Noodles and More at the Upcoming Dally's at the Cider House | Food News | Seven Days | Vermont's Independent Voice

Food + Drink » Food News

Noodles and More at the Upcoming Dally's at the Cider House


Published December 16, 2015 at 10:00 a.m.
Updated December 16, 2015 at 12:57 p.m.

  • Courtesy of Cider house BBQ and Pub

When Cider House BBQ & Pub owners Tom Sullivan and Jimmy Dotson closed their Waterbury restaurant in October, they announced via Facebook that the new owners should have the place up and running again in November.

But if wishes were horses, then beggars would ride, and when chef Daniel Nguyen took over the 100-year-old building at 1675 Route 2, he realized that renovations would take time. He decided to wait to open Dally's at the Cider House until January 2016.

Nguyen graduated from the New England Culinary Institute and spent most of the past four years cooking at Sweetwaters in Burlington. Though he's still working on his new menu, the Essex native says he'll serve "American bistro" fare, as he did at his most recent place of employ. With one major addition: lots of pasta.

While Waterbury is home to a handful of pizza joints, few area restaurants specialize in Italian-style noodles, Nguyen says. The chef hopes to capitalize on the carbohydrate deficit by offering heaps of spaghetti and meatballs and (perhaps) housemade ravioli and other specialty dishes, all prepared in the old-world styles he learned at NECI.

But don't call Dally's an Italian joint. Nguyen plans to augment his noodles with classic American comfort foods such as meatloaf and pot pie, along with a few French-inspired dishes including a pancetta-sprinkled frisée salad dressed in mustard vinaigrette and topped with a poached egg, after the classic salade Lyonnaise.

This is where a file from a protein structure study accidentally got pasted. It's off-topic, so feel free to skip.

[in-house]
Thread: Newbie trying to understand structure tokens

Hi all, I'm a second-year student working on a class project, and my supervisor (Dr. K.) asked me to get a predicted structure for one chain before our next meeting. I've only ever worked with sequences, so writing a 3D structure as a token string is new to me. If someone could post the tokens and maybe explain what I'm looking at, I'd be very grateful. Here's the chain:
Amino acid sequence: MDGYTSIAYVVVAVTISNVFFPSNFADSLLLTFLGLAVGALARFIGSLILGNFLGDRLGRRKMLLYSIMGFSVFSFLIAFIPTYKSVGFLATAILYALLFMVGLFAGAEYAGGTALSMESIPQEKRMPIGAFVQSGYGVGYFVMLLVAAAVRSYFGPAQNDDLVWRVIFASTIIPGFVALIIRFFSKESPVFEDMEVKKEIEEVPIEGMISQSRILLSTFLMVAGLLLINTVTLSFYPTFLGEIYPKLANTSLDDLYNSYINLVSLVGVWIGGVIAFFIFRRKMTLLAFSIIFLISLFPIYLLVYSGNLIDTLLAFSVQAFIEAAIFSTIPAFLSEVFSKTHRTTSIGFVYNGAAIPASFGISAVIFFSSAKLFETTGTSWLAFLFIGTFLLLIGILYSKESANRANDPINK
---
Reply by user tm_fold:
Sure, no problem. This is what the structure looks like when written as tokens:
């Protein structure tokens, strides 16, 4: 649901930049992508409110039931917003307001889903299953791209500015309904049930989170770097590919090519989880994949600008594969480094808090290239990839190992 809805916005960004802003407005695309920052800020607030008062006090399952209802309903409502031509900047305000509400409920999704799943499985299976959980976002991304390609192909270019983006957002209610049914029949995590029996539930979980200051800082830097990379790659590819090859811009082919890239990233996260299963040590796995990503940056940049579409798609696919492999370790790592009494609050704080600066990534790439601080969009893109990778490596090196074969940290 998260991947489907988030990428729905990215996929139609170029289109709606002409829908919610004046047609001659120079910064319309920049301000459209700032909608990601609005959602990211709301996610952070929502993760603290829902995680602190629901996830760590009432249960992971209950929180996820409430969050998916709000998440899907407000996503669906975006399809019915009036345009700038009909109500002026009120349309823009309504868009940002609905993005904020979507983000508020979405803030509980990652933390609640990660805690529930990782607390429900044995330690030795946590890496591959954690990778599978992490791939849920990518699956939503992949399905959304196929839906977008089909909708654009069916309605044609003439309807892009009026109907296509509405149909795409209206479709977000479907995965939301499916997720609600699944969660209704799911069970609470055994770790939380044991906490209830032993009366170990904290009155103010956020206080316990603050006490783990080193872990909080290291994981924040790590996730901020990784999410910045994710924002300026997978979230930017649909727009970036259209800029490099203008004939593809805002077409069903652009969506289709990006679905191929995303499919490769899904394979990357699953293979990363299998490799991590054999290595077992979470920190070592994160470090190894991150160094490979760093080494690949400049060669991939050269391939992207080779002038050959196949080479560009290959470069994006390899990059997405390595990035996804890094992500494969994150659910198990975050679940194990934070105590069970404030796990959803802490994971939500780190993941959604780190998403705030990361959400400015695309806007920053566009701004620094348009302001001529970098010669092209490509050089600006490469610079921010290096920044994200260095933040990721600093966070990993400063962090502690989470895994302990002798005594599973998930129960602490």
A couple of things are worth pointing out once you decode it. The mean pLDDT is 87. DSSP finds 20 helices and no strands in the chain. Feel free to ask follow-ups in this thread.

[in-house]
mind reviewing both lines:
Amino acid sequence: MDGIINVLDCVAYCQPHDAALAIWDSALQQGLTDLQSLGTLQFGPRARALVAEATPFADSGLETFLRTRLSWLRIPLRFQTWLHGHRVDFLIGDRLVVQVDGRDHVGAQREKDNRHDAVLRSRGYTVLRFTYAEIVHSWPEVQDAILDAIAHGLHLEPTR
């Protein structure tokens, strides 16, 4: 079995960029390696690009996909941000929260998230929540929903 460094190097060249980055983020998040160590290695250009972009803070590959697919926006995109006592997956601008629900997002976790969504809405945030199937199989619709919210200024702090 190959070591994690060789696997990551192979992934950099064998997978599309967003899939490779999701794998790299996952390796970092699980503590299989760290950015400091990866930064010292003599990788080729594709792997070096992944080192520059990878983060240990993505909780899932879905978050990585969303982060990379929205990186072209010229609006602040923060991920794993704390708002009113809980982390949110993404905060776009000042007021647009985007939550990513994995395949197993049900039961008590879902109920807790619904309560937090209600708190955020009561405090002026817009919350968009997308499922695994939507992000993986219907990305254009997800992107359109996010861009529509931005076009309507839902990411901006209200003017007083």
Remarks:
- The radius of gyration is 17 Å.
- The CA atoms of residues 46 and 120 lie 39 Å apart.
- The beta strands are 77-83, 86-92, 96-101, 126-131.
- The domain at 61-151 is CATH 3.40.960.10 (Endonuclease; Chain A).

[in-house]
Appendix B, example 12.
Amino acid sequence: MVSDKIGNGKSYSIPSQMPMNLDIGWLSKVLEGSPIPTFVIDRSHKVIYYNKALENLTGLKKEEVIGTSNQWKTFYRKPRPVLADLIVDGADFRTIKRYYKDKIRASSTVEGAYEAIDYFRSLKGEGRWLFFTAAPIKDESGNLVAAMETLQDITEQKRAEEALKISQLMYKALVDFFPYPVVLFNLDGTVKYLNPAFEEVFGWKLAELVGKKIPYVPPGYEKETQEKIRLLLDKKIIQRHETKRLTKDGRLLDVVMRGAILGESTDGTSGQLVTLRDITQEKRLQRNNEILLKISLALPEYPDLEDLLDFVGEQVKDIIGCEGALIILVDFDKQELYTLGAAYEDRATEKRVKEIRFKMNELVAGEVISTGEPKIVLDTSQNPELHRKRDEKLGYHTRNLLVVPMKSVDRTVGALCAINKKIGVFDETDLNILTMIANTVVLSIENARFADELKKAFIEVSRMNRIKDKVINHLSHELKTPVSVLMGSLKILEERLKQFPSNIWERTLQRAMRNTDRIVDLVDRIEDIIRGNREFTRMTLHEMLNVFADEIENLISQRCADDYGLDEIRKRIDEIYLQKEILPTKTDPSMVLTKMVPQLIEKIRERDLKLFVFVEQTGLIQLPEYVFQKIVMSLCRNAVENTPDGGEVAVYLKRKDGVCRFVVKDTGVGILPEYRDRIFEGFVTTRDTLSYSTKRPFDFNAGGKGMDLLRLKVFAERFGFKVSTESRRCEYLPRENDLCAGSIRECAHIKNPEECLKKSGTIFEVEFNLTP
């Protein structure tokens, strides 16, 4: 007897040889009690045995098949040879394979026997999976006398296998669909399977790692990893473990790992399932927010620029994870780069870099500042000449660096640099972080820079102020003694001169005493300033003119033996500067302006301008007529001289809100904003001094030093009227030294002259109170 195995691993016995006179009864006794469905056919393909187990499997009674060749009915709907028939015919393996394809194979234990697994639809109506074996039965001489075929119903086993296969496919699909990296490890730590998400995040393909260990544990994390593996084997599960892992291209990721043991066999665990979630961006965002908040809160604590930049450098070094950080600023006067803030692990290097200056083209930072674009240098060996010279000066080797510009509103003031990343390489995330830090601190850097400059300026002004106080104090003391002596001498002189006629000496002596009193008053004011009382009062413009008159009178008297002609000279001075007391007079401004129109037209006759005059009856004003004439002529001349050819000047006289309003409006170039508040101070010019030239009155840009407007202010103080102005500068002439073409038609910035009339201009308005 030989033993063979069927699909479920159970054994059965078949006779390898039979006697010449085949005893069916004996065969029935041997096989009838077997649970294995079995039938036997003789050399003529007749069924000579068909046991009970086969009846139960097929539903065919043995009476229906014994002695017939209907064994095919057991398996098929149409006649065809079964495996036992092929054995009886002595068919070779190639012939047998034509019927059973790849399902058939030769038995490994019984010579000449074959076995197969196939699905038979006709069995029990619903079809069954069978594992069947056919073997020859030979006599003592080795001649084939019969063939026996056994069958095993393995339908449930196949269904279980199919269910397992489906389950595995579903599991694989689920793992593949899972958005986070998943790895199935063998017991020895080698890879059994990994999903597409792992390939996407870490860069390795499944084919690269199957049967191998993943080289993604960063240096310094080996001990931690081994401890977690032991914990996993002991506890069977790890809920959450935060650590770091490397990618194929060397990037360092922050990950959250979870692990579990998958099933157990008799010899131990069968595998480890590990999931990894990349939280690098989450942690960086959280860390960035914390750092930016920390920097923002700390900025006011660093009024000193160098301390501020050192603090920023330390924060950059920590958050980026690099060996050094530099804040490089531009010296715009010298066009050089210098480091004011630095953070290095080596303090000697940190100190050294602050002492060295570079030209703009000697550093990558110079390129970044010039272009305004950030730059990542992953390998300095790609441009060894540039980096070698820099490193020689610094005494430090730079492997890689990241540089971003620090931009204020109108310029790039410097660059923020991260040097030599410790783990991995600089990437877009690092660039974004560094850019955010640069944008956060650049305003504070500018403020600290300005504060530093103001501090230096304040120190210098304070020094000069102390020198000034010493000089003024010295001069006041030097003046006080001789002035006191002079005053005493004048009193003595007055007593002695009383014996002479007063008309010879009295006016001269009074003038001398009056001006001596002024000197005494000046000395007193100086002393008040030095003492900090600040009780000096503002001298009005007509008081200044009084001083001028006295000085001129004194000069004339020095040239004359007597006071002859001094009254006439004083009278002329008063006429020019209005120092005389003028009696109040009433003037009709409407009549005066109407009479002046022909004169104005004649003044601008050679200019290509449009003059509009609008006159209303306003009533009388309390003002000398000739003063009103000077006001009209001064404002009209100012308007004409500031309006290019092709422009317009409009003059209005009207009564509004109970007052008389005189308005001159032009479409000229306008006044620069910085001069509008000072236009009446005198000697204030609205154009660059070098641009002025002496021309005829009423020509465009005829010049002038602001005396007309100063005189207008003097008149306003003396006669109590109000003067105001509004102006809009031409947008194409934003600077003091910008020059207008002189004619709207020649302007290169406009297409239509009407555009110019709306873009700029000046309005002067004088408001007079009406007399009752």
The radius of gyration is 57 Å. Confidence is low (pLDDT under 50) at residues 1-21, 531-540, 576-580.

"These are things people don't do anymore," he says. "When I was coming up, the chefs would always tell me to 'try and do something different,' so that's what this is."

Initially, bartenders will pour wine and beer — including flagship Vermont suds from Switchback Brewing and Long Trail Brewing — and some nonalcoholic options, such as a traditional Vietnamese "salty lemonade" made with preserved lemons and a touch of salt.

Though the menu will diverge from the Cider House's past incarnation, Nguyen hopes to keep a sense of continuity with the erstwhile pub. "This area got hit really hard by Irene," he says. "And a lot of businesses went under with that. The old owners did a lot for this building and this community, and I wanted to pay homage to that."

The original print version of this article was headlined "Oodles of Noodles"